Cloudant blog Home Search

Search Syntax

Cloudant Search allows full-text queries to be performed on strings from Cloudant document bodies and multi-field queries on mixed-type document attributes.

speed limit

Photo by Paul Green on Unsplash

In this blog post we’ll explore the query syntax that the Cloudant Search endpoints expect to see.

The data🔗

We’re going to write queries against a database of users following this schema:

  "_id": "7DN9B4252T2Y8YYU",
  "type": "user",
  "name": "Lester Bourque",
  "email": "",
  "password": "b480c074d6b75947c02681f31c90c668c46bf6b8",
  "salt": "368f35616ac2cdea162985750cece7c7",
  "active": true,
  "email_verified": true,
  "address": "4017 Dew Lane , Cricklade, Armagh, KT39 1WP",
  "joined": "2021-02-07",
  "team": "violet",
  "score": 62,
  "airport": "RDZ",
  "description": "forum joe negotiations resolutions arrival switched june england shareware essentially eval economies ellen interval ph sur stuck disclose academy logos"

Notice that all of the attributes are at the top level and there are a range of data types: strings, numbers, booleans.

The index🔗

To index some of this data we need to place an indexing function in a Cloudant Design Document:

function(doc) {
  if (doc.type === 'user' && === true) {
    if ( {
    if (typeof doc.email_verified === 'boolean') {
      index('verified', doc.email_verified)
    if(doc.joined) {
      index('joined', doc.joined)
    if( {
    if(typeof doc.score !== 'undefined') {
      index('score', doc.score)
    if(doc.airport) {
      index('airport', doc.airport)
    if(doc.description) {
      index('description', doc.description)


  • The first if statement only allows active users to be indexed. If there are other document types or inactive users in the database, their data will not make it to the searchable index.
  • Each field is surrounded by its own if statement. This makes sure that we don’t try to index undefined or null items.
  • Sometimes we use a different field name (e.g verified) than the attribute name in the document (e.g. email_verified).
  • We only index the fields we need to query - not every attribute of the document.

Here’s how the search function is supplied in the Cloudant Dashboard:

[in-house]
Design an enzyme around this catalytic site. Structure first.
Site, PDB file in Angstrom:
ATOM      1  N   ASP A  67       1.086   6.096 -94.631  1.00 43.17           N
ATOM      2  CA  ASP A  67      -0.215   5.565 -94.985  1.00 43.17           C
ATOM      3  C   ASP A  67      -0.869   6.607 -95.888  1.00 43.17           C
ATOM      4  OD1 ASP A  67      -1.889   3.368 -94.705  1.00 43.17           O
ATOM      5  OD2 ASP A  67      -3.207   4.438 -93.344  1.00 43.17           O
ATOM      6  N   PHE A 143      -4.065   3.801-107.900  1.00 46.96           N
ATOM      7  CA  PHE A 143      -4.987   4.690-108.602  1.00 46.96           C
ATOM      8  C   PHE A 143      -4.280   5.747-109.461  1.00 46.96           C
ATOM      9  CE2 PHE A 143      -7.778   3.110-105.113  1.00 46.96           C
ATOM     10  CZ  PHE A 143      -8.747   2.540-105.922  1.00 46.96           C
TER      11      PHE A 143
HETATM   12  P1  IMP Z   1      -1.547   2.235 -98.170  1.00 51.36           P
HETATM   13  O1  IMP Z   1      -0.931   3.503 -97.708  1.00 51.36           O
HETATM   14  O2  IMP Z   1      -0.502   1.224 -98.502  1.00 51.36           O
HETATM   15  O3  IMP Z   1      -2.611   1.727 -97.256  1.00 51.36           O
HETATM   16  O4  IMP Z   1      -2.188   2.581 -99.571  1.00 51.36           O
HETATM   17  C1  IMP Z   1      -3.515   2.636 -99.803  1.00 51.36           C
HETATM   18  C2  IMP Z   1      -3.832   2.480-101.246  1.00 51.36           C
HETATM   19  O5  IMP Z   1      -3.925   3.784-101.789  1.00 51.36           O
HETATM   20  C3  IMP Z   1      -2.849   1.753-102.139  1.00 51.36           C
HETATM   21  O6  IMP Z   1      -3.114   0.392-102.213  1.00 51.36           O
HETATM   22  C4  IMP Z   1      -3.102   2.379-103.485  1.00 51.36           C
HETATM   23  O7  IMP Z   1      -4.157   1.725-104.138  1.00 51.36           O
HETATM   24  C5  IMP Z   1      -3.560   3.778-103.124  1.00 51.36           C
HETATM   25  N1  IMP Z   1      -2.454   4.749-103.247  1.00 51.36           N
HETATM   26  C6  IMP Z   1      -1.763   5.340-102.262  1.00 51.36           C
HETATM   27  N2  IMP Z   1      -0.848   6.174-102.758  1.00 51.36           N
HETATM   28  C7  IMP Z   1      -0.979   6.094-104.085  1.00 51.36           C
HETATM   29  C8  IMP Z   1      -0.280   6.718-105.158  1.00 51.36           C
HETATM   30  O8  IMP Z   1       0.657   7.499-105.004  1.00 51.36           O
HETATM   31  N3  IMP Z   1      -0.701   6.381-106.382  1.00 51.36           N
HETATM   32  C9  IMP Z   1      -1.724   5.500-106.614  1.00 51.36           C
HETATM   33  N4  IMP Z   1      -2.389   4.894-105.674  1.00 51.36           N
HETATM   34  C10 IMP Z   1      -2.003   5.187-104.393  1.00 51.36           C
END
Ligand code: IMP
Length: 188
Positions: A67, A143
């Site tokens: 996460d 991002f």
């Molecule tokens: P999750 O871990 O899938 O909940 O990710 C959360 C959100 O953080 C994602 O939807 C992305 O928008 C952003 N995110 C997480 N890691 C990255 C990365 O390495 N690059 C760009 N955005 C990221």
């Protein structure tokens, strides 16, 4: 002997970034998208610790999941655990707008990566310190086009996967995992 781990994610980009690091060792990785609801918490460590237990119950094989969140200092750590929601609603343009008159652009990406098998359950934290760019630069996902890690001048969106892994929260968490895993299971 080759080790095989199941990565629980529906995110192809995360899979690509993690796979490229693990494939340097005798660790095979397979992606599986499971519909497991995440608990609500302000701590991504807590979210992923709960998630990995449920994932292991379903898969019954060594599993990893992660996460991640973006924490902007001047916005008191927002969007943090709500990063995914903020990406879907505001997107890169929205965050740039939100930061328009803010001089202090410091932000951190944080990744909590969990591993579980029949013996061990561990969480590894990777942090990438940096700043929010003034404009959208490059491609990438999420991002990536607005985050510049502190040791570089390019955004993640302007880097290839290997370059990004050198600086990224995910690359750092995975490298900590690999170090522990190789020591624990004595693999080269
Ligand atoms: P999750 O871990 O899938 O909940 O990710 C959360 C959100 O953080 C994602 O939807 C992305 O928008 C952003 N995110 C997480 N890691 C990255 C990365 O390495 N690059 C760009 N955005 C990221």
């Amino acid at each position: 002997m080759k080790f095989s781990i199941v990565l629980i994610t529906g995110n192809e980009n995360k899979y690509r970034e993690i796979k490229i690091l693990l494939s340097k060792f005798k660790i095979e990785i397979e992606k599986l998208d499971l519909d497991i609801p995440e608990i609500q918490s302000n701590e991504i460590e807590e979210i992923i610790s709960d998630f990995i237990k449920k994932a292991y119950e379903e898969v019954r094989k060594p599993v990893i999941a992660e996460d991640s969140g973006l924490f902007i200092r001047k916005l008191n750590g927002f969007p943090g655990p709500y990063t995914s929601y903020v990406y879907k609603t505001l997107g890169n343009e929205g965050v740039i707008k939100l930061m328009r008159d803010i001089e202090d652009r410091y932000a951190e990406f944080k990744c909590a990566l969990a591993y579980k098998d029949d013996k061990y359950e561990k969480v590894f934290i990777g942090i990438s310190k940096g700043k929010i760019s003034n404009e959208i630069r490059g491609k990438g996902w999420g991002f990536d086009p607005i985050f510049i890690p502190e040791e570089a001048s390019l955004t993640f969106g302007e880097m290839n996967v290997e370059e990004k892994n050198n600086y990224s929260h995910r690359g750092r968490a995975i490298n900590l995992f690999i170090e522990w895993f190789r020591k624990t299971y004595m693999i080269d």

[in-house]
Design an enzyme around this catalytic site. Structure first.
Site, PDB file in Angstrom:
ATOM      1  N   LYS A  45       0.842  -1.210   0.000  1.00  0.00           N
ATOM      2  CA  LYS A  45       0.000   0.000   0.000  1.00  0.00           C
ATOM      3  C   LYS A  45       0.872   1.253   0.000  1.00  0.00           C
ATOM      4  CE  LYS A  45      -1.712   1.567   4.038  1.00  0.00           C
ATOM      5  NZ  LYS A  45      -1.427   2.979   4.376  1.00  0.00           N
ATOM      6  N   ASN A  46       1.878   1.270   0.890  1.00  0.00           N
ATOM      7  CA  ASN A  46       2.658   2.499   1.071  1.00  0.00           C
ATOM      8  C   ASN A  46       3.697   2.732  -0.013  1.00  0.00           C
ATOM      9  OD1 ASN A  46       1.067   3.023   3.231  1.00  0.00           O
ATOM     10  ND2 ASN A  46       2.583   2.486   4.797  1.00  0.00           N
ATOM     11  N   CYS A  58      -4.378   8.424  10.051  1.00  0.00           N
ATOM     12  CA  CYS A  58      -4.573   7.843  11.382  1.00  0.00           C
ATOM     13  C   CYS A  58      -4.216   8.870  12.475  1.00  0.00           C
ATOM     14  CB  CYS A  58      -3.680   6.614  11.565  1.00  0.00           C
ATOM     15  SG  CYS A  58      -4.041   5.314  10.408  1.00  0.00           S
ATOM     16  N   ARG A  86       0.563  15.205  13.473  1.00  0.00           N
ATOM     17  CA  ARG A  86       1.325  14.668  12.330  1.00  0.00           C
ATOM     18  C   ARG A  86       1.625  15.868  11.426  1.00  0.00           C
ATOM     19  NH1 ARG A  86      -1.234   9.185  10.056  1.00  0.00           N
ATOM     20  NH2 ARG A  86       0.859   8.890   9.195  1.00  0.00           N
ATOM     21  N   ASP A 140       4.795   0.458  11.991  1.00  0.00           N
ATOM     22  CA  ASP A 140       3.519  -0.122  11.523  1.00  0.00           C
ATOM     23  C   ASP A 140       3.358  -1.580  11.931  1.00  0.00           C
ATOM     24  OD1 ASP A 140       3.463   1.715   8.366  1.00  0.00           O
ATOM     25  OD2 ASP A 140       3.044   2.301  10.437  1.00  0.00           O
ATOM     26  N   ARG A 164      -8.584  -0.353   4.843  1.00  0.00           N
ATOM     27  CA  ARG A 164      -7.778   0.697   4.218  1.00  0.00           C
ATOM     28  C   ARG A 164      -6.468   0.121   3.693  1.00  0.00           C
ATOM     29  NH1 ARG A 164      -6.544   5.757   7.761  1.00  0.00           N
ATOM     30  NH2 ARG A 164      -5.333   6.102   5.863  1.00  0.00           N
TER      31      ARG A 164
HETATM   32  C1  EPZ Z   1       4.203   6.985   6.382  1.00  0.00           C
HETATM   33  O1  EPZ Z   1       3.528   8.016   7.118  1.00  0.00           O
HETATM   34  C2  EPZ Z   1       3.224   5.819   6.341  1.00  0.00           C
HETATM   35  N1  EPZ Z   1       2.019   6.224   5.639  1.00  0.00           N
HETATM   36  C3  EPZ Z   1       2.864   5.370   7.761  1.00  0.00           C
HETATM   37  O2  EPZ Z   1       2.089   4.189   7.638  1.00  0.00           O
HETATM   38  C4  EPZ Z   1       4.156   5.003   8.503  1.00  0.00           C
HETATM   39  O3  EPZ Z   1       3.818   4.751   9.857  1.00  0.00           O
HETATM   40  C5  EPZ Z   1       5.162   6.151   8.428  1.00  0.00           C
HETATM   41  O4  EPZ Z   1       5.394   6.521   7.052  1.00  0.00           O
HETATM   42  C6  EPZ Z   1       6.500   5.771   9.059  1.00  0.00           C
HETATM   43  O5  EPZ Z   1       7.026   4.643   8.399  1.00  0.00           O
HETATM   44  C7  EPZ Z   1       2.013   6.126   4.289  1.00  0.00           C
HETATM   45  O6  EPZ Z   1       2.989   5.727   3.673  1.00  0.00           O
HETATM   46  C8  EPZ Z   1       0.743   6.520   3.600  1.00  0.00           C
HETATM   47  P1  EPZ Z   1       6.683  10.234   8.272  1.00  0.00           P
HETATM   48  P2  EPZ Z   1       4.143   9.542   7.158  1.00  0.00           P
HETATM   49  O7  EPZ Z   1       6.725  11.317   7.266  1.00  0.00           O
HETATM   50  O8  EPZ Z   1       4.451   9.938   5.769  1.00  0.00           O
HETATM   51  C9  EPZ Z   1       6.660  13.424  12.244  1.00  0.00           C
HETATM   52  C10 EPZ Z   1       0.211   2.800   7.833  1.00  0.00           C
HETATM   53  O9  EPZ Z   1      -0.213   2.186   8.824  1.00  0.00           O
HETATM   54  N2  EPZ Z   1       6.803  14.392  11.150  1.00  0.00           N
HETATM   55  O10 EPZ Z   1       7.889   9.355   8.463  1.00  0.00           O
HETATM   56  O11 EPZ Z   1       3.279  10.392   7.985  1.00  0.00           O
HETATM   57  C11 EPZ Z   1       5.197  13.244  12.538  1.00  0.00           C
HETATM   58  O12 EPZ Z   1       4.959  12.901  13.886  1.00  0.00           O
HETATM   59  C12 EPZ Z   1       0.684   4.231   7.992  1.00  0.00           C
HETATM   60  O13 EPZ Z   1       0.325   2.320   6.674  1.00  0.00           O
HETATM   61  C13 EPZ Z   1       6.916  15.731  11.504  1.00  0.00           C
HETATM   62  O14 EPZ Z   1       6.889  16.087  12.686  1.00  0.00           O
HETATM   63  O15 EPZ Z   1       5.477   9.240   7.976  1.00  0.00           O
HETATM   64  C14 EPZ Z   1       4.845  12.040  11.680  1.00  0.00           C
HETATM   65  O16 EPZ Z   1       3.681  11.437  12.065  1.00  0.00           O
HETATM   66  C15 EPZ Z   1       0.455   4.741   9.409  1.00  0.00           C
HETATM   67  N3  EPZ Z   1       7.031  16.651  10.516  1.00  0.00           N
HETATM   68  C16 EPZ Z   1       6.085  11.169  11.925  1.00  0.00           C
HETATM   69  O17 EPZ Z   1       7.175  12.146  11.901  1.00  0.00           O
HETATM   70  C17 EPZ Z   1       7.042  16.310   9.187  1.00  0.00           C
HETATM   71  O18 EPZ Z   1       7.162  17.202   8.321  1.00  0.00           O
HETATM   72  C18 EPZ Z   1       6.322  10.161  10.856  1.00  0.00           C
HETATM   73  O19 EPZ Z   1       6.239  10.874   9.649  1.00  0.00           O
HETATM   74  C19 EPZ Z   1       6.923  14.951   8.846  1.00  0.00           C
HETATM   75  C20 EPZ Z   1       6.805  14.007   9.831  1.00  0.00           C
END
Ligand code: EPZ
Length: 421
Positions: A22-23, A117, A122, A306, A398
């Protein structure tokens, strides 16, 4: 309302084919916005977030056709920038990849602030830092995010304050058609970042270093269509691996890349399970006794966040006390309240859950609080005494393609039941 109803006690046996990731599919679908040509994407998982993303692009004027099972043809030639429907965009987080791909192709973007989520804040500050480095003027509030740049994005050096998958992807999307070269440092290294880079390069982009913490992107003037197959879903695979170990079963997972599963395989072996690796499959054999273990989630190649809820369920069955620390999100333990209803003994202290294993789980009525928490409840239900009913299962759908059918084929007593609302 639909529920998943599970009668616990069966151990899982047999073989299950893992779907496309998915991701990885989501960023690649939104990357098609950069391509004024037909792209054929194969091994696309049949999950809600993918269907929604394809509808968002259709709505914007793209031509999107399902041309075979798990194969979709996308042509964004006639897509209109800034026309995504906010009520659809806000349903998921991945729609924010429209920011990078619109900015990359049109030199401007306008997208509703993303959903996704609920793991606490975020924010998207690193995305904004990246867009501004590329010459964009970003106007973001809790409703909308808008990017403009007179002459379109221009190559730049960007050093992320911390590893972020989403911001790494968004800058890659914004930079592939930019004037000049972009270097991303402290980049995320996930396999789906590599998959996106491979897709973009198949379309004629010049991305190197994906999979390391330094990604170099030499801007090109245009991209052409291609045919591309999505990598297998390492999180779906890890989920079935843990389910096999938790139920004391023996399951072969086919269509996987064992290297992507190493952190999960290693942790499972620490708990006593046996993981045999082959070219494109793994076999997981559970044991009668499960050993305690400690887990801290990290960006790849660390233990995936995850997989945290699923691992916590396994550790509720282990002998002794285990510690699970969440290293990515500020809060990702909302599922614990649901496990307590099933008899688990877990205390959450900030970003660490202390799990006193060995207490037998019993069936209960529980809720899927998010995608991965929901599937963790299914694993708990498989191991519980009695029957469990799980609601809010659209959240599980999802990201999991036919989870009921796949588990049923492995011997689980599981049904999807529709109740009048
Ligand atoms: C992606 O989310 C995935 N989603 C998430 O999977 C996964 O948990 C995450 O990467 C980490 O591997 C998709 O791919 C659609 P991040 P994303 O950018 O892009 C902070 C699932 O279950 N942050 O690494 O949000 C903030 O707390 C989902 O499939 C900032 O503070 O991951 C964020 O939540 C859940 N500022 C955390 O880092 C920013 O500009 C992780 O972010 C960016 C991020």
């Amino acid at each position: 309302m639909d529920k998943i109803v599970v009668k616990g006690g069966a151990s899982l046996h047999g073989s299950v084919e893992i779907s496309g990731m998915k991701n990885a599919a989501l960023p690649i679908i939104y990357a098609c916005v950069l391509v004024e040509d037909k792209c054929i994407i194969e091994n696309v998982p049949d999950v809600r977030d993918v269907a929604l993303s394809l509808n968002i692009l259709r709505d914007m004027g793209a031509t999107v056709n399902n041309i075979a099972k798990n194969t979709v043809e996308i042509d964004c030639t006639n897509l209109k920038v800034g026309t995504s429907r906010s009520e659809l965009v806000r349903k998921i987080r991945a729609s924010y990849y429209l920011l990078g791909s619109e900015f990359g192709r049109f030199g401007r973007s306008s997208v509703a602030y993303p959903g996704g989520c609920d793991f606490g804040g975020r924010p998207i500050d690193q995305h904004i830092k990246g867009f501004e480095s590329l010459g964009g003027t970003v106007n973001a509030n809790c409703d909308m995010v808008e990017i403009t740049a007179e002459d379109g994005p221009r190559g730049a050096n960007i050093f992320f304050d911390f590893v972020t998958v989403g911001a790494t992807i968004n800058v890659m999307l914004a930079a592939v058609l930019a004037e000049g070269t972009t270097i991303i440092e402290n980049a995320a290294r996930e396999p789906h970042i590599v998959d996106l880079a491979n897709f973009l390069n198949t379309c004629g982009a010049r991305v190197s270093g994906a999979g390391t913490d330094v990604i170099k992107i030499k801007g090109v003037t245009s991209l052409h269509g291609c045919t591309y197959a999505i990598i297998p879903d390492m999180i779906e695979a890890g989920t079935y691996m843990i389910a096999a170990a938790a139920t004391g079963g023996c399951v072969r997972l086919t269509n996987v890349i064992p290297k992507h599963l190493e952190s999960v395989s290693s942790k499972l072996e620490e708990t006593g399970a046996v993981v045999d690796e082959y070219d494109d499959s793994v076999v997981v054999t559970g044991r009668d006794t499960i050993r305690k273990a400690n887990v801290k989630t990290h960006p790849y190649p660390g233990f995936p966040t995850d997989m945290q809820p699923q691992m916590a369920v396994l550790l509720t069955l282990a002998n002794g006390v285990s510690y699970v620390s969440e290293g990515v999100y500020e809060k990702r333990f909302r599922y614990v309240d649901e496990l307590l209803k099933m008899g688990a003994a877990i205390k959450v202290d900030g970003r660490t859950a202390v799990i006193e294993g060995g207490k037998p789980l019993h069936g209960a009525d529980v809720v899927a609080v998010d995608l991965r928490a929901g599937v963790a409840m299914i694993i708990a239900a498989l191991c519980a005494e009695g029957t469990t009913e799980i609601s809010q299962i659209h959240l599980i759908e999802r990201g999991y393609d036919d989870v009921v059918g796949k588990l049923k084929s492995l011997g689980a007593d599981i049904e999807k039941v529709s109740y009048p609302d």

override the analyzers

We are also going to override the choice of analyzers for some fields. Analyzers pre-process string data prior to indexing, and query parameters prior to querying. The Standard analyzer is suitable for blocks of English text, but the Keyword analyzer is preferred for ids or strings that need to be kept unmolested.

override the analyzers

See this blog post on Analyzers and the Cloudant documentation on index functions.

We now have the following fields we can query on:

field type analyzer
name string standard
verified boolean n/a
joined string standard
team string keyword
score number n/a
airport string keyword
description string standard

Single field queries🔗

The queries against our index can be entered into a form in the Cloudant Dashboard:

We can query our index on any of the fields:

// find any documents whose name matches "Bob"

// find any documents where the airport = NOA

// find a document whose name matches "Bob Mcmahan"
// Notice multi-word strings are in double quotes.
q=name:"Bob Mcmahan"

Note that because we chose the Keyword Analyzer for the airport field, the query value must exactly match the indexed item. e.g. NOA not noa.

The same syntax works for numbers and booleans:

// find documents whose score is 48

// find documents whose verified field is false

Combining search clauses🔗

We can also search on multiple fields

// find documents whose name matches Bob Mcmahan and whose airport is NOA
name:"Bob Mcmahan" AND airport:NOA

// find documents whose name matches Bob Mcmahan and whose airport is NOA or LON
name:"Bob Mcmahan" AND (airport:NOA OR airport:LON)


We can query on ranges of values

// find documents whose score is between 0 and 50, inclusive
q=score:[0 TO 50]

// find documents whose score is between 0 and 50, exclusive
q=score:{0 TO 50}


We can boost search clauses to push them up the search order

// search for bob in the name and description fields but
// give a boost to matches on the name field
q=name:bob^100 OR description:bob^10 

Wildcard searches🔗

We can search for values that start with a known string:

// find any document whose name starts with "bo"

Note wildcard searches may be more expensive than queries that match exact values.

Escaping values🔗

Some characters need to be escaped before including in a Cloudant Search query. Any of the following characters in query values will need to be escaped with a \ character:

+ - && || ! ( ) { } [ ] ^ " ~ * ? : \


// find any documents whose name matches (Taylor's Version)
name:"\(Taylor's Version\)"

When to use Search vs MapReduce🔗

MapReduce is good for:

  • Queries that match the indexed keys exactly e.g case-sensitve search.
  • Queries that match some of the elements at the front of an key which is array.
  • Queries that need aggregation: counting, totalising, averaging etc.
  • Queries that need more than 200 rows.
  • Queries where the results need to be in key order, or reverse key order only.

Search is good for:

  • Free-text searching i.e. case-insensitve search after tokenization and stemming.
  • General purpose multi-field queries on a one, some or all of a handful of indexed fields.
  • Queries that contain logic: AND or OR clauses.
  • Queries that need boosting.
  • Queries that need wildcards.
  • Queries that need to be sorted by “best match” or by another nominated field, or fields.
  • Queries that need a maximum of 200 results per call.
  • Queries that need flexible sort ordering.
  • Queries that need to be sorted by nearness to a point.